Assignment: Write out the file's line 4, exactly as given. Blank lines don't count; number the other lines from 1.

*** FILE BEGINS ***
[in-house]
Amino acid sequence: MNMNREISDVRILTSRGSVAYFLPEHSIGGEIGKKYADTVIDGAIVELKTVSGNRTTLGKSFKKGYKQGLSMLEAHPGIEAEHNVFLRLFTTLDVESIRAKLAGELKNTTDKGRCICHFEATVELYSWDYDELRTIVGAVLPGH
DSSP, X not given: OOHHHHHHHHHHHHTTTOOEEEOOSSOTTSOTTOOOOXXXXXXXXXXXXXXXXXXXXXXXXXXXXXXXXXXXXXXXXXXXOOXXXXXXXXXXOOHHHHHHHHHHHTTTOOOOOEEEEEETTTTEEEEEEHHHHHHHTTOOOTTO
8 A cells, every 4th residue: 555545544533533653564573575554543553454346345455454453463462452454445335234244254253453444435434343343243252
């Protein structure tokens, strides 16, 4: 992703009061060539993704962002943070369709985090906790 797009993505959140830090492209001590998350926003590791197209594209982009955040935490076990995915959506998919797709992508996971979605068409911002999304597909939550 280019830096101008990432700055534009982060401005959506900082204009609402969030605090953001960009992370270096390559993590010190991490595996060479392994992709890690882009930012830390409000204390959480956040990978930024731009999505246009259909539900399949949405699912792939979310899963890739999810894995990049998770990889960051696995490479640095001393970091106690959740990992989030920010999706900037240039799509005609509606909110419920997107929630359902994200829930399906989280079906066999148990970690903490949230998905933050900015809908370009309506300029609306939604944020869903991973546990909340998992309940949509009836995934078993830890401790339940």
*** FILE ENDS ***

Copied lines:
8 A cells, every 4th residue: 555545544533533653564573575554543553454346345455454453463462452454445335234244254253453444435434343343243252